TAMPA — The Tampa Hillsborough Expressway Authority hasn't committed to a bridge linking the Lee Roy Selmon Crosstown Expressway to the Gandy Bridge, but that isn't stopping its opponents.
The project, they say, would divide South Tampa and destroy businesses on Gandy Boulevard.
"To me, there is nothing good from having a business under a bridge," said Mark Rubio, a South Tampa resident and commercial property owner. "Businesses just don't grow under bridges."
The authority earlier this month approved a study required to build the two-lane bridge but says it hasn't decided whether to move forward on the $130 million project to connect St. Petersburg to downtown Tampa, Brandon and Interstate 75.
Currently, drivers exiting the bridge have to drive about 2 miles east on Gandy Boulevard to reach the expressway's entrance at S Dale Mabry Highway. Business owners say a bridge to bypass Gandy Boulevard would mean losing thousands of drive-by customers and could separate them from customers north and south of Gandy. Others say it would destroy neighborhoods by creating a noisy barrier.
In a concession to residents and business owners who spoke against the plan, the authority's board called for a study to gauge attitudes toward the proposal.
Joe Waggoner, the expressway's executive director, said he will report back to the board in September about the scope and nature of that study.
If the authority moves forward, it will also need to complete a traffic and economic analysis to show lenders that the project would succeed.
Meanwhile, opponents say they've turned in 1,500 signatures of people against the plan and that they're trying to set up a meeting this week or next to decide on a strategy. Residents and business owners have been fighting the idea since it was introduced in 2008.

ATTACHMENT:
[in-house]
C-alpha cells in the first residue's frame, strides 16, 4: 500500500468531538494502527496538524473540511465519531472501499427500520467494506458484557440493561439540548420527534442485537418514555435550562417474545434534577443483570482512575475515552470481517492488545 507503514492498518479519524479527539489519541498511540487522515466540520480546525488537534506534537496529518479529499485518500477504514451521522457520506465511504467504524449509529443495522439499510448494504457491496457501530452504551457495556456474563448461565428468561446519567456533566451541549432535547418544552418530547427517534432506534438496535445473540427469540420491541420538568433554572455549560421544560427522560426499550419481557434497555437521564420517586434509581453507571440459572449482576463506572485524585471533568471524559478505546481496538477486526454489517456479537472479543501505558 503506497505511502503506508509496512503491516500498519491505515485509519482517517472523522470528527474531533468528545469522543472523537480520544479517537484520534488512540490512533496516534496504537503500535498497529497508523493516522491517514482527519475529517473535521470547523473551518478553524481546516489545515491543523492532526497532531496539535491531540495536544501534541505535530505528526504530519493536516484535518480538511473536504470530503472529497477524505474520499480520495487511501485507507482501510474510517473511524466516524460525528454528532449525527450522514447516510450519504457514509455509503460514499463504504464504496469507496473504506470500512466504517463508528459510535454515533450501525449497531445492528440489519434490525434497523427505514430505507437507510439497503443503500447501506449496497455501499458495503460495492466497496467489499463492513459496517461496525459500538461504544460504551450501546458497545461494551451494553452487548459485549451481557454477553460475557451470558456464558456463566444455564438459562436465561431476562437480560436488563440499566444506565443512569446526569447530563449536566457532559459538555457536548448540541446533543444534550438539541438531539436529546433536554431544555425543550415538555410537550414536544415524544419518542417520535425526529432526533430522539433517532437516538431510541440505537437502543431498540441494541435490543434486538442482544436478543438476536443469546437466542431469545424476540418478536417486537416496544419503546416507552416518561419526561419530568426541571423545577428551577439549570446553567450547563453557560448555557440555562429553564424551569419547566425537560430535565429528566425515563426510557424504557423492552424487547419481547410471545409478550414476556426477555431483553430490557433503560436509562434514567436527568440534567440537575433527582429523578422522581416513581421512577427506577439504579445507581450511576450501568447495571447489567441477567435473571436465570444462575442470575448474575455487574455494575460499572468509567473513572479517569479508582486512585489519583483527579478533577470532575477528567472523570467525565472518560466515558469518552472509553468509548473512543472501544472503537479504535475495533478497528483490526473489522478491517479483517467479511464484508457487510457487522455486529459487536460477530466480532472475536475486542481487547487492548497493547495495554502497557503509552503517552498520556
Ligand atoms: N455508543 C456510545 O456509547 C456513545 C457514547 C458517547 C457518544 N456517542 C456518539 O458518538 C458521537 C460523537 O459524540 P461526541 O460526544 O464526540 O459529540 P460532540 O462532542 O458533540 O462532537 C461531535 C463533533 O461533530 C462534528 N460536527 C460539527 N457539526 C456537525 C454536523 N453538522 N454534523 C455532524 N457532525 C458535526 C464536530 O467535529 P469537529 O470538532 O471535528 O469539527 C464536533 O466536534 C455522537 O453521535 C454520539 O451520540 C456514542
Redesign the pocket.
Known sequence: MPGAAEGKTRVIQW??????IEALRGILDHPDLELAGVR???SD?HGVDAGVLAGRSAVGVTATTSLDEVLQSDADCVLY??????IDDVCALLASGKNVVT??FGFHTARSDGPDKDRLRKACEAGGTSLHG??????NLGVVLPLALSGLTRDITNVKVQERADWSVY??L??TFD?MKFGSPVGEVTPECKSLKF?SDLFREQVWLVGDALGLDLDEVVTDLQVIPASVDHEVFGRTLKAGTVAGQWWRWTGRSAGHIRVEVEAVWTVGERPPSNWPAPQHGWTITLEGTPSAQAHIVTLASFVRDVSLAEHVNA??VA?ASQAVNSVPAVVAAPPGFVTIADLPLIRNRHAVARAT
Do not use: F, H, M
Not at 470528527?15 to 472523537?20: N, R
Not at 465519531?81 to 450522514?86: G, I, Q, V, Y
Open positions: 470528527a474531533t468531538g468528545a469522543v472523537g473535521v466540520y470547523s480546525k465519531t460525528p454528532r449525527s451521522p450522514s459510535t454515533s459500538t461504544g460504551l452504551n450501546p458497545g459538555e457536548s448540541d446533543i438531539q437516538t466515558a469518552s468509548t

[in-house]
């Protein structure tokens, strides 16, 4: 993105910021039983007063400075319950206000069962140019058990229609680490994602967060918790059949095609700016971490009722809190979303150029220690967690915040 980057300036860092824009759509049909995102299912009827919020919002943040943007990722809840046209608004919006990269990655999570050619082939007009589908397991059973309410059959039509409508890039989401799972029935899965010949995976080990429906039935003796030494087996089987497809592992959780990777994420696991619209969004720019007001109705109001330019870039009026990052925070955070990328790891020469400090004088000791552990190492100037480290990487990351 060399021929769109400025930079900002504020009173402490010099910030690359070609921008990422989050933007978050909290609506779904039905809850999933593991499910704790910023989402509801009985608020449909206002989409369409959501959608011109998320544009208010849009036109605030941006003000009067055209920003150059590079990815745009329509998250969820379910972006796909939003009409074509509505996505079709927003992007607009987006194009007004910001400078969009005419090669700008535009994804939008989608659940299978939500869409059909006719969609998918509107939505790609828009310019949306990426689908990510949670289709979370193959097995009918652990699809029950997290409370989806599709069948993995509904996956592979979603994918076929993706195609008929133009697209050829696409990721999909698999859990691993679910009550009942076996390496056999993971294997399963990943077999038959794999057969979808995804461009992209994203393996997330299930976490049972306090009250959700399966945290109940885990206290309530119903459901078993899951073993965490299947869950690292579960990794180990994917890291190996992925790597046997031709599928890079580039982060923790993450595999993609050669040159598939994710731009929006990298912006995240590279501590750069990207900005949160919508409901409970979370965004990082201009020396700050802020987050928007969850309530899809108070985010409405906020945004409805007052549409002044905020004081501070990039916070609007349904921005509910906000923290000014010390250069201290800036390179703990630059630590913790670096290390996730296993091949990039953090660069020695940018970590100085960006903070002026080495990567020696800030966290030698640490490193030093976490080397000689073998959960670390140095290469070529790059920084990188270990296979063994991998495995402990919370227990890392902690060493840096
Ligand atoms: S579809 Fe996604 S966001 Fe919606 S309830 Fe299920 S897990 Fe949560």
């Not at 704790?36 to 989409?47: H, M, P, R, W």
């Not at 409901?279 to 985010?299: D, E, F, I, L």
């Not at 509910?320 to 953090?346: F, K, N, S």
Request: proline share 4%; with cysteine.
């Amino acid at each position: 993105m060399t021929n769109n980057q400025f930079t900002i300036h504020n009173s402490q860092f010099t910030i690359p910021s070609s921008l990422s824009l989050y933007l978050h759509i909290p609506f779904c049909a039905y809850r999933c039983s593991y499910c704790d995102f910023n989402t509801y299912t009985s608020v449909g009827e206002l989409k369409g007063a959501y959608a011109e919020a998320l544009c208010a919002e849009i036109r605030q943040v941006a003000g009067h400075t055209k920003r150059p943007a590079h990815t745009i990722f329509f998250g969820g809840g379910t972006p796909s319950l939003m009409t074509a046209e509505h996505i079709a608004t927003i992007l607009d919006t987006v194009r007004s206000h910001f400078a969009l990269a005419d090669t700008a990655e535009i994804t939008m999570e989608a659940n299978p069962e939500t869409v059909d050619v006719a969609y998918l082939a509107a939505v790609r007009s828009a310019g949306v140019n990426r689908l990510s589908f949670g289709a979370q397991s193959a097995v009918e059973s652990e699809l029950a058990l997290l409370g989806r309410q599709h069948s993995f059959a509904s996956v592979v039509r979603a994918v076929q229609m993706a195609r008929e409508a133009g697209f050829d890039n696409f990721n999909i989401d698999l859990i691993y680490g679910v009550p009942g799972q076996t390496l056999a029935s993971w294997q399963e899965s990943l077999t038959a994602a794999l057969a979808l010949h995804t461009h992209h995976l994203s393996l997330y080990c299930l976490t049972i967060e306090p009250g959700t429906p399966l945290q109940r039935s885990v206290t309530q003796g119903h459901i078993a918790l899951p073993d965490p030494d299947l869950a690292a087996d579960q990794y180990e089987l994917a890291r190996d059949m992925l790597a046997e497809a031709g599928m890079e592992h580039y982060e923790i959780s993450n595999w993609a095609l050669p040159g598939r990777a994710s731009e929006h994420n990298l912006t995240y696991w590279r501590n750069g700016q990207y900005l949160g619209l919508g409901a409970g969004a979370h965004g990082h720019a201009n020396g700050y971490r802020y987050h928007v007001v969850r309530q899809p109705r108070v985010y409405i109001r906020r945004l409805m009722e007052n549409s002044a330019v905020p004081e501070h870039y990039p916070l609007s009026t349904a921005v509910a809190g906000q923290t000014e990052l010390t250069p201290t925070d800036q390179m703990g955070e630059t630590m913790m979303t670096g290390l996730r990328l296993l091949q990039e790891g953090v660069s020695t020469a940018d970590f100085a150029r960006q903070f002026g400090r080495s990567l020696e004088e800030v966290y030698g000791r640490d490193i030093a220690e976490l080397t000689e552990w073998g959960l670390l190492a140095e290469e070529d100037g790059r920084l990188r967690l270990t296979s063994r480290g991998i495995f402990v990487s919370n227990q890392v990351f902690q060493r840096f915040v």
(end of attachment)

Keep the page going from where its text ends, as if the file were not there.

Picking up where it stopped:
Al Steenson, president of the Gandy/Sun Bay South Civic Association, argues the authority should respect community concerns and that the agency's studies three years ago don't reflect current traffic levels or economic conditions.
The project would further hurt businesses by cutting drive-by traffic, he added.
"You put a 30-foot high elevated road down Gandy Boulevard and you will destroy this neighborhood," Steenson said.
"Most of the business here will go under," said Mikael Eskildsen, owner of Scan Design, a furniture store on Gandy Boulevard. "Everybody here has drive-by business: gas stations, liquor stores and banks. People stop here and do their shopping. But with this bridge, there won't be any off ramps. Forget it. They're going to be gone."
The authority estimates that traffic on Gandy will swell to about 48,100 cars a day by 2015, up from about 45,000 now. If the bridge is built, traffic on Gandy will drop to about 36,200 cars. Some 19,000 vehicles will take the new bridge, including drivers who otherwise would have used the Howard Frankland Bridge.
Tolls are estimated at 25 cents to 50 cents and would be collected electronically through Sunpass or the expressway's high-speed camera system.